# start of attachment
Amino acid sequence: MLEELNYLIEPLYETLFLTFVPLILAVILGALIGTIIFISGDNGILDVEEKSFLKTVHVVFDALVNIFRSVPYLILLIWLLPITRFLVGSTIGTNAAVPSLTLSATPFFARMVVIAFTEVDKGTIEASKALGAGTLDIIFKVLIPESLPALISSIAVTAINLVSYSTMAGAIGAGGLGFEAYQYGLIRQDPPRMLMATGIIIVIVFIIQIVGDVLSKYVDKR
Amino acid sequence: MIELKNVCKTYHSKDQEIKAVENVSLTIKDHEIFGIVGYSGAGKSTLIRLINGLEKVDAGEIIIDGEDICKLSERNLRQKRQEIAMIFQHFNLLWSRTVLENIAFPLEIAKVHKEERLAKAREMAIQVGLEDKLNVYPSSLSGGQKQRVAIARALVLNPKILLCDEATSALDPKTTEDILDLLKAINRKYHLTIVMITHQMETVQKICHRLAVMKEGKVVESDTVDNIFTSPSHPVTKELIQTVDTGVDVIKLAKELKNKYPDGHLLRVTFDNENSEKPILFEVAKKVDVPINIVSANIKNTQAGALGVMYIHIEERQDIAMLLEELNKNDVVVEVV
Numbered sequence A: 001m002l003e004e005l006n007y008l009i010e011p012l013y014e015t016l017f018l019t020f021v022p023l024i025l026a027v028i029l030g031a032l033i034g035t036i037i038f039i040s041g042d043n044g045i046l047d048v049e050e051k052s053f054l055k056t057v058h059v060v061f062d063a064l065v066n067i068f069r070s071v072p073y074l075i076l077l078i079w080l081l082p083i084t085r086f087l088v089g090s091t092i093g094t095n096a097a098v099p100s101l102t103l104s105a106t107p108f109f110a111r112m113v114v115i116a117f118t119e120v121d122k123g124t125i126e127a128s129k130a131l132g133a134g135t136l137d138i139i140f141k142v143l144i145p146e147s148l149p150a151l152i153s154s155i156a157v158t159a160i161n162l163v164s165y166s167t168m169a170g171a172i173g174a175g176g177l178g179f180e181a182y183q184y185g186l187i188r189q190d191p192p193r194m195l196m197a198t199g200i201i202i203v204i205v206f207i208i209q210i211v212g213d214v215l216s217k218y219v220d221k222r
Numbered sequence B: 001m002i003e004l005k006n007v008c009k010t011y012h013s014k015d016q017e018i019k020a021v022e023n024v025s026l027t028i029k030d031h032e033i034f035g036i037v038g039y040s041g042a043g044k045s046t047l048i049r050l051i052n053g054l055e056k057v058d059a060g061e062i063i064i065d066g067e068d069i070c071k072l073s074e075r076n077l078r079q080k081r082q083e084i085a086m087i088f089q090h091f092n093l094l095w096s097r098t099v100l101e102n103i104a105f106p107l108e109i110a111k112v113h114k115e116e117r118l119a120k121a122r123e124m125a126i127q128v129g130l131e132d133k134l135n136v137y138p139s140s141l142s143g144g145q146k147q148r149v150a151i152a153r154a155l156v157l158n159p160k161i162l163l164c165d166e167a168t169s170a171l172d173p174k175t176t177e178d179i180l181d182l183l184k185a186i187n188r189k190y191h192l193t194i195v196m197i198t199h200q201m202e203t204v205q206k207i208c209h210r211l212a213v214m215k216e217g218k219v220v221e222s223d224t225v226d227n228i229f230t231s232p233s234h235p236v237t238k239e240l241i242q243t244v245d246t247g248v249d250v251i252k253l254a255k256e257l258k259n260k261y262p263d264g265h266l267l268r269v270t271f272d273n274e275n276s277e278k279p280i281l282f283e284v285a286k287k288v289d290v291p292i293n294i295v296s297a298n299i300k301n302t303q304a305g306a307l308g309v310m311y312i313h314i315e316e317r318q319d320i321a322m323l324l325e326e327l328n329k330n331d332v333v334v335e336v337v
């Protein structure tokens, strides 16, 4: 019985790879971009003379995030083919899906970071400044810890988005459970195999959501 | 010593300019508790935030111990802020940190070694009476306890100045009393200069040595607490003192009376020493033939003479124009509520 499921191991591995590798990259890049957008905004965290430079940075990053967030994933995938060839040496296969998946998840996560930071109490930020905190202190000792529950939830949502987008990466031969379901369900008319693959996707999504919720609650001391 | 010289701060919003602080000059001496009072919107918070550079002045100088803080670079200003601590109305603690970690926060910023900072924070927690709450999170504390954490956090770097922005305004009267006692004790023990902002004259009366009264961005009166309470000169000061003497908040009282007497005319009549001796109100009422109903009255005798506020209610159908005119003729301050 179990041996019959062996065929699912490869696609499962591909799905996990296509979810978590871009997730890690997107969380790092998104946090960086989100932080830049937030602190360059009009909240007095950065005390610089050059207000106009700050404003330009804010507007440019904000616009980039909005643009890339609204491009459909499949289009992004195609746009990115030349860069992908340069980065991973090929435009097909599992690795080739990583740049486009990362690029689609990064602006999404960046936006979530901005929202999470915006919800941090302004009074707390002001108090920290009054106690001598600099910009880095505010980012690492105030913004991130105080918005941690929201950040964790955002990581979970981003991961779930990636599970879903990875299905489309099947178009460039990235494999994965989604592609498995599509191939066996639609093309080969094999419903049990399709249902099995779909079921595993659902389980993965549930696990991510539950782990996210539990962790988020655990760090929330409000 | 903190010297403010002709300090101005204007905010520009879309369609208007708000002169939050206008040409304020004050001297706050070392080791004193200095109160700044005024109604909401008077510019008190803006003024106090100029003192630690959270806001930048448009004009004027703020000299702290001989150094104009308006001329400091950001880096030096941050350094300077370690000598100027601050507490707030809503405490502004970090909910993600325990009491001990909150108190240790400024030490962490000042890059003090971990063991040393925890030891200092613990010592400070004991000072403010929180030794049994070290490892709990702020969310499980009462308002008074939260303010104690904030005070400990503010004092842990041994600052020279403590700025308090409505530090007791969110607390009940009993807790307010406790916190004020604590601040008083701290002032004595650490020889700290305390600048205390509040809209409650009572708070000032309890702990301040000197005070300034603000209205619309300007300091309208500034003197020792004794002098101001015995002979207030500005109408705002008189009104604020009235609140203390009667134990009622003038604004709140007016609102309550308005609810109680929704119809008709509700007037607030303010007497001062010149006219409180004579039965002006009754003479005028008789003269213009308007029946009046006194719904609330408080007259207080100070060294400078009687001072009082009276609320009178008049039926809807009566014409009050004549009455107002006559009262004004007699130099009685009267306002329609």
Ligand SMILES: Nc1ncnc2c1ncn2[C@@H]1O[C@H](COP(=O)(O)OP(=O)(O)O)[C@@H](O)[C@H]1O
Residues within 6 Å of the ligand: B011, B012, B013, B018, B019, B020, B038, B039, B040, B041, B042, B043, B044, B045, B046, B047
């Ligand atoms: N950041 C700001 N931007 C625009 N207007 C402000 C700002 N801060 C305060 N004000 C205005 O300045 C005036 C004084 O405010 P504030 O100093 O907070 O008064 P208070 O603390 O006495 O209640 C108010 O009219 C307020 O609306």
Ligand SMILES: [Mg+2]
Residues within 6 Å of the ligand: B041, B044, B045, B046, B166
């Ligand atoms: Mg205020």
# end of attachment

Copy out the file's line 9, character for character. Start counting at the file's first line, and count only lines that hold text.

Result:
Ligand SMILES: [Mg+2]